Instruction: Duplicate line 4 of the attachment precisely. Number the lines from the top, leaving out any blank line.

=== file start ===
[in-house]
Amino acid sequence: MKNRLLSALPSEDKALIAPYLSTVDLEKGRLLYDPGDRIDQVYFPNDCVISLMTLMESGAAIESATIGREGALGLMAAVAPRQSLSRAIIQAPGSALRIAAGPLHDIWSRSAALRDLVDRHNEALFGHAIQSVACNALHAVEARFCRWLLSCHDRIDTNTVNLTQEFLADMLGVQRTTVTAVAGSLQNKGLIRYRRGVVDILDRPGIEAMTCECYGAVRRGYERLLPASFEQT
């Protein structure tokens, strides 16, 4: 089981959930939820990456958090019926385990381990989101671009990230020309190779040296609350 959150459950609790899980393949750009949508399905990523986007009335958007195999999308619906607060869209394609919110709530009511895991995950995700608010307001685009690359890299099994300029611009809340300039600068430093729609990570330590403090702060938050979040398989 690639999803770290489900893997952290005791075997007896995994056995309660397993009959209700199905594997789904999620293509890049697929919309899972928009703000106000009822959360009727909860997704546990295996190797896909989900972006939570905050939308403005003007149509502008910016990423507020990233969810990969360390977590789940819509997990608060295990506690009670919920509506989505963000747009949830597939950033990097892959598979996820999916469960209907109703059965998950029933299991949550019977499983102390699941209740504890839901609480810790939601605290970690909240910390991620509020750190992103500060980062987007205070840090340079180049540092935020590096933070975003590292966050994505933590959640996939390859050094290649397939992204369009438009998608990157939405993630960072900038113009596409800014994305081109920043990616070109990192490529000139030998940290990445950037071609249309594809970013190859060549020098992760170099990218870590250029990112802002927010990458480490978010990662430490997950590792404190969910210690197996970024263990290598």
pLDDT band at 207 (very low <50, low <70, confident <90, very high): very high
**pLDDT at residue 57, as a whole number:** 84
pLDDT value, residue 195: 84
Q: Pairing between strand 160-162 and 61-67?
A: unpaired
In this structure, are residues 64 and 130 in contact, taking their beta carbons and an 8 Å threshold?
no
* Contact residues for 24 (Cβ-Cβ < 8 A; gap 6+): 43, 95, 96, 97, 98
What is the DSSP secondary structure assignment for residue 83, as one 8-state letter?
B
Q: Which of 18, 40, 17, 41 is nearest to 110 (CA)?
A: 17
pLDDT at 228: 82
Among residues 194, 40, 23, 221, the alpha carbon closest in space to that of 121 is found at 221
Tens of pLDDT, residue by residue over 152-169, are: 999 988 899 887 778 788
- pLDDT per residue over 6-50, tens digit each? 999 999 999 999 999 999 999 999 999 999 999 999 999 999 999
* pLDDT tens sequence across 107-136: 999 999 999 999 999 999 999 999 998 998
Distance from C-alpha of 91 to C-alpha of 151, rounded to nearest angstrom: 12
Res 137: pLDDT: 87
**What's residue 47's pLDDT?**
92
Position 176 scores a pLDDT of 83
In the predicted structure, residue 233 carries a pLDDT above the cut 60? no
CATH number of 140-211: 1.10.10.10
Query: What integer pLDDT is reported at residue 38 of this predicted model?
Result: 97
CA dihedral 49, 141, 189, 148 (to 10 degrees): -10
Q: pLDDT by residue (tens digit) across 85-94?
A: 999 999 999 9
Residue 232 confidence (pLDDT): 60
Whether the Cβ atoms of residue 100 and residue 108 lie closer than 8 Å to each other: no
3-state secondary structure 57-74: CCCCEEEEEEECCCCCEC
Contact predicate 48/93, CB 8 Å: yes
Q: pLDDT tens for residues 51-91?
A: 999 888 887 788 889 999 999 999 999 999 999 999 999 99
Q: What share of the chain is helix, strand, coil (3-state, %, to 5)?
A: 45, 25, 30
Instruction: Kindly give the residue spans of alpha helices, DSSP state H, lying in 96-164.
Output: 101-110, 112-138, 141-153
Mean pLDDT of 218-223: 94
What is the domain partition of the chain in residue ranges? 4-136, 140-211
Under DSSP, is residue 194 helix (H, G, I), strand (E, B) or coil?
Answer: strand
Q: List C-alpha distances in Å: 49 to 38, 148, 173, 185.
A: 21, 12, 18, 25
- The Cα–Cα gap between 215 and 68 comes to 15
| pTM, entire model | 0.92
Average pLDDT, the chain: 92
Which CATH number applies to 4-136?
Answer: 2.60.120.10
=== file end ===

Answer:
pLDDT band at 207 (very low <50, low <70, confident <90, very high): very high